Media Advisory: Ontario must fix its uniquely defective privacy protection laws

Media Advisory: The Ontario Civil Liberties Association (OCLA) asked each of the leaders of the four main political parties of Ontario to commit to fixing the egregiously flawed access to information and protection of privacy laws of Ontario.

To this date, the government and the leaders have refused to answer.

The OCLA letters of request are posted here:

The issue is not complicated. Public institution employers cannot be shielded from privacy protection obligations in a free and democratic society, and employees must be allowed access to their own personal information, following universal norms among all free nations.

Ontario has gone astray in this vital area of human decency.

No other province or jurisdiction in Canada excludes employee records from the protection of its access and privacy law.   

For example, a government employer can capture and use the most intimate childhood, relational and personality information of an employee, without ever obtaining authorization or consent or ever informing the employee. 

There is a present case in Ontario in which precisely such an abuse has occurred at a public institution. The case has given rise to a lengthy ongoing constitutional challenge of the impugned statutory provision.

But the ultimate solution is for Ontario lawmakers to avoid such problems by simply fixing undemocratic laws, irrespective of the outcomes of constitutional challenges. The applicant in the constitutional challenge has asked the Attorney General Yasir Naqvi to do this, but has received no response.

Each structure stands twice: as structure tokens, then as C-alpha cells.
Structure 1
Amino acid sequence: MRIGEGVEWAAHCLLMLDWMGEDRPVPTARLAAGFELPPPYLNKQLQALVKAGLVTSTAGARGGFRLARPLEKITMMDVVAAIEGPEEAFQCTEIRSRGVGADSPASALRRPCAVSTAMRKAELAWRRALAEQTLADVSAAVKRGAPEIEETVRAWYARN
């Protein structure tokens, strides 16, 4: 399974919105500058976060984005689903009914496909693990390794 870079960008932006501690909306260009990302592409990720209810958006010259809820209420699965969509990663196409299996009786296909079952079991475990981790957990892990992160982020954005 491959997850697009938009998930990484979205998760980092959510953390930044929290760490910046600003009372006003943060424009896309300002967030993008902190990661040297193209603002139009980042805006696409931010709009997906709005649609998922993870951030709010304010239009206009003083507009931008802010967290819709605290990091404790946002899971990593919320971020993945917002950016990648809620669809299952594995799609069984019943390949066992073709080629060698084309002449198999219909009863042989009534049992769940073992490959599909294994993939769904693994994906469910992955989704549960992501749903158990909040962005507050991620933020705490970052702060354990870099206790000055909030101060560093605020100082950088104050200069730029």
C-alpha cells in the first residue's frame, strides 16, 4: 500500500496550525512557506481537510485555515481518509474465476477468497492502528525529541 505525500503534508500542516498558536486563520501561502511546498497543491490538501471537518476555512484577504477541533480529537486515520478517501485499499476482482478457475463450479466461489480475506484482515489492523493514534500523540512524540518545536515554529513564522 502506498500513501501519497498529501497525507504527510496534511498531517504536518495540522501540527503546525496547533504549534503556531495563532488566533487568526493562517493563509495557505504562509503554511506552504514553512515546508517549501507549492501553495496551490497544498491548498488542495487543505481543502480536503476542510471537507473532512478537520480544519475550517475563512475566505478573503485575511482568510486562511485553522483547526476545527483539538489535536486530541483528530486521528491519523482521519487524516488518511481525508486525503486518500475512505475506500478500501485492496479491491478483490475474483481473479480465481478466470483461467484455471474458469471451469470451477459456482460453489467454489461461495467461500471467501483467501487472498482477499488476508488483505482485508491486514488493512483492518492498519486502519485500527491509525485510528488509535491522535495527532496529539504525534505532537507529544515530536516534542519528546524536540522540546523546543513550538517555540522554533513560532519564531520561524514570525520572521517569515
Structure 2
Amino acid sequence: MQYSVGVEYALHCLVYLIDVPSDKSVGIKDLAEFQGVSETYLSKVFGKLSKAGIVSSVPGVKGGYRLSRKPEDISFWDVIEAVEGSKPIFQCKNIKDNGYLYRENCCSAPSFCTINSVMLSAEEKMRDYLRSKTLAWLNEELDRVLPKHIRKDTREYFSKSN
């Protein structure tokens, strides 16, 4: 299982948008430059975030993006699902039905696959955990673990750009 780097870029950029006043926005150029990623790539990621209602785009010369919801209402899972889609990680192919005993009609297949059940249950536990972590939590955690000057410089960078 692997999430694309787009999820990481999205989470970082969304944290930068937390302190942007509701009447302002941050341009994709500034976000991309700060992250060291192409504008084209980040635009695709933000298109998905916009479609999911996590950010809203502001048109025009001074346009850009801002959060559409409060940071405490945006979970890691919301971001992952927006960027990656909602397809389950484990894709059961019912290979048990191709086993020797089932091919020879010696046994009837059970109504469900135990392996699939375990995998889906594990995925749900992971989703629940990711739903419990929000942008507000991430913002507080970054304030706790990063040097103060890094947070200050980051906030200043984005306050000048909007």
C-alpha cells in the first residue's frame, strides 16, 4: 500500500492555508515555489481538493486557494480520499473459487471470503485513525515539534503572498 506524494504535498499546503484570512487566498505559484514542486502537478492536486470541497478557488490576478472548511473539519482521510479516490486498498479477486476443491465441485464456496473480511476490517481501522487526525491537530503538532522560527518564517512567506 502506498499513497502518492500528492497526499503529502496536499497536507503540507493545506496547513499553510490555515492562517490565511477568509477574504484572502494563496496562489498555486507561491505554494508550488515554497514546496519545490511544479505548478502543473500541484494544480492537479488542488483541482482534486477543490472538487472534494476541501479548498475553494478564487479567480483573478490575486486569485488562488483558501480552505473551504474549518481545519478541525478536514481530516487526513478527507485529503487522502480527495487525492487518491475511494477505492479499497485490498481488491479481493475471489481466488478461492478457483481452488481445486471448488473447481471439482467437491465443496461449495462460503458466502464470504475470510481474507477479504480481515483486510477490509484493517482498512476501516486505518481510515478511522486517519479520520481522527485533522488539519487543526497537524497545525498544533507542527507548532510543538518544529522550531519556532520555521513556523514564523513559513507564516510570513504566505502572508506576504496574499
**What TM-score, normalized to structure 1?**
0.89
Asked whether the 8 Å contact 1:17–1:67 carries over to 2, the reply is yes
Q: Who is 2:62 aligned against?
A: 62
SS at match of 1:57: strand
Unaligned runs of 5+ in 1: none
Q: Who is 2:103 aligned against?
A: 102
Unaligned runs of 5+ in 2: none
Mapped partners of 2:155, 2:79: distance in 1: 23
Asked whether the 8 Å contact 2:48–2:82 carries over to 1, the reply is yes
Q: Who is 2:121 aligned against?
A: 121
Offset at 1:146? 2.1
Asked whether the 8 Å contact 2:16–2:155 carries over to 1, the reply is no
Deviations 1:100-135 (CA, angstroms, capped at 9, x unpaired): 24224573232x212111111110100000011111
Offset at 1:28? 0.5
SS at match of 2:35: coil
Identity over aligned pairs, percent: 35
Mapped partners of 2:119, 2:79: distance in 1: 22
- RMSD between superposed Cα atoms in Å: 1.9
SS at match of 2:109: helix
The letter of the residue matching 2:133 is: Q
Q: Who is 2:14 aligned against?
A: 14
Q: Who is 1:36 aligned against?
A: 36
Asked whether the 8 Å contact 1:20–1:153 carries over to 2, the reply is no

Furthermore, there is a history of the Information and Privacy Commissioner for Ontario formally requesting that lawmakers fix the law by removing the offending provisions in two Ontario information laws. The said history is reviewed and documented in the court-filed record of the constitutional challenge. The OCLA has posted the said court-filed record on its web site here:

The Ontario Civil Liberties Association (OCLA) advocates for civil and human rights, including the rights of all persons in dealings with public and private institutions and corporations.  The OCLA will continue to attempt to get provincial politicians to learn about and fix the Ontario access to information and privacy protection statutes.


Joseph Hickey
Executive Director
Ontario Civil Liberties Association (OCLA)

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